Volume 48, Issue 5 (September 2003)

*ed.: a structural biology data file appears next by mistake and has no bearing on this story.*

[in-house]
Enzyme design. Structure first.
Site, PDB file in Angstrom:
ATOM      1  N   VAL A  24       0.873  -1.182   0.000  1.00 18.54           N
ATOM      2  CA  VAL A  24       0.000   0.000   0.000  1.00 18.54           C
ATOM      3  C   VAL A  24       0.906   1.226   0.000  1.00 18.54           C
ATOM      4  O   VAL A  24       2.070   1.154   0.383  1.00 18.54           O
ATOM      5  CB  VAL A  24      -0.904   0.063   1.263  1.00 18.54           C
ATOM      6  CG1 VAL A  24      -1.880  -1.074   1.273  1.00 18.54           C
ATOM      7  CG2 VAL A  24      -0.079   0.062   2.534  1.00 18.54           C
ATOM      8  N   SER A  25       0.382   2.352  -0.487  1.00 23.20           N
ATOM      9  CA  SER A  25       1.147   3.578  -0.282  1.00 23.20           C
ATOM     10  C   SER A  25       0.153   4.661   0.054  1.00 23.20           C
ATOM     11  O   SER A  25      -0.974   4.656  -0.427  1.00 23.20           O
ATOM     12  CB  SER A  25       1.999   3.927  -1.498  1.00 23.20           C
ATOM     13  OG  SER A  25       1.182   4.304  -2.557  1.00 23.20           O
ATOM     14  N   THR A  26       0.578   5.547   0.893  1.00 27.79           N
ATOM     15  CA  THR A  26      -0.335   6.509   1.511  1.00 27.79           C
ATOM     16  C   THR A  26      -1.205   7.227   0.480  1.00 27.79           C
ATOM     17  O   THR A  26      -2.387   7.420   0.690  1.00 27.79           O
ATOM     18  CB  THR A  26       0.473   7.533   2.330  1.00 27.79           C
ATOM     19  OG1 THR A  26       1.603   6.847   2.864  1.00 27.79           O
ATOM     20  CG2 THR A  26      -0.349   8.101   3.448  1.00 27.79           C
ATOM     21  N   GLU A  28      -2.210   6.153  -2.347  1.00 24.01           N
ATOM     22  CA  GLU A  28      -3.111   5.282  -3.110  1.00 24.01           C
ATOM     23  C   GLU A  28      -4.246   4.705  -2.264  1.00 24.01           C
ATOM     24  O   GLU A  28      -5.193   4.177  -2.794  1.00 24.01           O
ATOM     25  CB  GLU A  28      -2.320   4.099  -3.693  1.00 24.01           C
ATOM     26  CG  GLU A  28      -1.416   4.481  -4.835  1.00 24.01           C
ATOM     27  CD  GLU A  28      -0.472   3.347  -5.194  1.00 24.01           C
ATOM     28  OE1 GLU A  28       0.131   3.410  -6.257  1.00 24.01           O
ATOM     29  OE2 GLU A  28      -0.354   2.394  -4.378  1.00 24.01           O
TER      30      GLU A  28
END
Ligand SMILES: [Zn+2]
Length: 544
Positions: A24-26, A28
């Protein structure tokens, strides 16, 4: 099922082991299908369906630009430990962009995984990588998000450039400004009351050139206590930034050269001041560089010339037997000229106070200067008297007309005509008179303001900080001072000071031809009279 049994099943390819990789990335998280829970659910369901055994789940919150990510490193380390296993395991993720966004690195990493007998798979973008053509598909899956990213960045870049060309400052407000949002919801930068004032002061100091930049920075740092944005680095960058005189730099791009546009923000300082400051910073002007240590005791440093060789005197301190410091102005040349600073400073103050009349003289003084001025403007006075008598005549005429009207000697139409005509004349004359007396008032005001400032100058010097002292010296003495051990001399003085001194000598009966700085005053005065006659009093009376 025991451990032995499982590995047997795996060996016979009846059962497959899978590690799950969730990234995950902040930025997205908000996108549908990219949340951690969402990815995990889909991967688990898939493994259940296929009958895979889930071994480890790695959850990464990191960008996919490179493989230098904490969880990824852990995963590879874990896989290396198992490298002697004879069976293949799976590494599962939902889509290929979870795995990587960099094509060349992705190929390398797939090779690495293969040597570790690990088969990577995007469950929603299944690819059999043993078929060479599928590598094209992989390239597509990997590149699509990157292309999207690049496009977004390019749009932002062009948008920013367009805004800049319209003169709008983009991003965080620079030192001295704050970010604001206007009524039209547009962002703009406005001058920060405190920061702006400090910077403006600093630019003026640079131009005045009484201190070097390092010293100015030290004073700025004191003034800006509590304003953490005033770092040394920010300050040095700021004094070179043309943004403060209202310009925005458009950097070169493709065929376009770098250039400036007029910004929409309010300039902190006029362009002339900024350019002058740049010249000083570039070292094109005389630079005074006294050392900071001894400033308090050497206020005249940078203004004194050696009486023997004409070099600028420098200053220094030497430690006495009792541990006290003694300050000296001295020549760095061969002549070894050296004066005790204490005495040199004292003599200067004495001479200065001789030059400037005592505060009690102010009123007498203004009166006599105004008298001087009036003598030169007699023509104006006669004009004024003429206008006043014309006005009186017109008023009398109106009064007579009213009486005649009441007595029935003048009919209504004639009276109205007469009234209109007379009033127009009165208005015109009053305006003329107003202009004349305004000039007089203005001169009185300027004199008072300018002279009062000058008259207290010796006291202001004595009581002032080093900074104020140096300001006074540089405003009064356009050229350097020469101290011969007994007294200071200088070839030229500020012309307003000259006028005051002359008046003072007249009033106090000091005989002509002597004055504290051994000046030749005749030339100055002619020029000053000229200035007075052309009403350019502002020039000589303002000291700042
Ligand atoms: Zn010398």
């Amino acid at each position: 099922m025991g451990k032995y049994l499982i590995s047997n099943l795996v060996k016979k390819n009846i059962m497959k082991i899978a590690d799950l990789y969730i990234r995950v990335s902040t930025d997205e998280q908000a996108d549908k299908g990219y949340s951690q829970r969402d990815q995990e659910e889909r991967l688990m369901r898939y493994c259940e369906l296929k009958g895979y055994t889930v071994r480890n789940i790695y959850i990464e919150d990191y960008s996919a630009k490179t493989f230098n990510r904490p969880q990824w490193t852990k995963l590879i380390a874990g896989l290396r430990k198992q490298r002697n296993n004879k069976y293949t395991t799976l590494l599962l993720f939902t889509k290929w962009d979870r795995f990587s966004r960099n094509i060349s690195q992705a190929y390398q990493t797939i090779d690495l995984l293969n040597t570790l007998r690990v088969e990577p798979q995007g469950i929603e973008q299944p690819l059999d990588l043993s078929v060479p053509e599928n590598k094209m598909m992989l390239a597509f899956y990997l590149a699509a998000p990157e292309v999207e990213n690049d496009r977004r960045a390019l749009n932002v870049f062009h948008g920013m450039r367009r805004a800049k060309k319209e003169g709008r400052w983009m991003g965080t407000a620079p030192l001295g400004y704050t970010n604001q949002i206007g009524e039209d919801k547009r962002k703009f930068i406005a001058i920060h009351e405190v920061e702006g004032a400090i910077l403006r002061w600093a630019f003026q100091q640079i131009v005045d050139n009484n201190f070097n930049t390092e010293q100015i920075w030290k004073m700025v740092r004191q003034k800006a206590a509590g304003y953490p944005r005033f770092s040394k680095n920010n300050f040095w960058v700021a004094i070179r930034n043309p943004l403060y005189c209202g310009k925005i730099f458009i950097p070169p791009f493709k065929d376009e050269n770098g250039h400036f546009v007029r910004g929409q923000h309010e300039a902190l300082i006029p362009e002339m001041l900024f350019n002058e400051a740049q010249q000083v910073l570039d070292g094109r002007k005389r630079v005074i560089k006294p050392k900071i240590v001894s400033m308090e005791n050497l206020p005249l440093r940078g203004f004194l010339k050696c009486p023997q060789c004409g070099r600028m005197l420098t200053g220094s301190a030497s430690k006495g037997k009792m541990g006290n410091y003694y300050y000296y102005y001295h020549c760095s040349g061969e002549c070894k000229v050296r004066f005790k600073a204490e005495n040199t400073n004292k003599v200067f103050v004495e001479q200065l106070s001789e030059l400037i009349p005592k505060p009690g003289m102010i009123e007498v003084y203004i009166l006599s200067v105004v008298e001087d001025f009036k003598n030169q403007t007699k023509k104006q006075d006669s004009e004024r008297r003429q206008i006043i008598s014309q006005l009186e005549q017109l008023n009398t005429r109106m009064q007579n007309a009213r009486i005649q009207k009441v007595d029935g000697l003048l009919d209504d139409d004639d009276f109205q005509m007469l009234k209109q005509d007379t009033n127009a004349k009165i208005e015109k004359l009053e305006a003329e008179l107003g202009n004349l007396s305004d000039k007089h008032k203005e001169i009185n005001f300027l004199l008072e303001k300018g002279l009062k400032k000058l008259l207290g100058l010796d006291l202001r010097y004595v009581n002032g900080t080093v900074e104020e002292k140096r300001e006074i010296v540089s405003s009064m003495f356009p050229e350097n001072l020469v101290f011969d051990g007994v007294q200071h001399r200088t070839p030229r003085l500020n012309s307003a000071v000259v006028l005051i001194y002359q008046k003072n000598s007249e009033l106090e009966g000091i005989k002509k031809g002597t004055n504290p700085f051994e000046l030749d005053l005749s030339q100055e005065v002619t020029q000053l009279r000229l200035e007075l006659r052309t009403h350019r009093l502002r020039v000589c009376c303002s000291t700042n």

The following is a response to the commentaries by Drs. Coldiron (J. Forensic Sci 2003;48:271) and Coleman and Lawrence (J. Forensic Sci 2003;48:697): Our dermatological colleagues should recognize that there are semantic differences between “tumescent liposuction,” “tumescent anesthesia,” and tumescent technique” as used by the broad array of clinicians. Concurrent use of general or intramuscular anesthesia has been used by some of our surgical colleagues (1–3). In our article, we used the term “tumescent liposuction” in reference to the fact that a bolus of fluid and medication is inserted into the surgical site. Hanke and Coleman (4) speak of “semitumescent liposuction” when general anesthesia is used. Webster’s dictionary describes “tumescent” as a swelling. Thus, to us, the term “tumescent liposuction” is a generic concept. We prefer that our dermatological colleagues use the term “tumescent techniques as described by Klein” (5) so that any ambiguity can be avoided.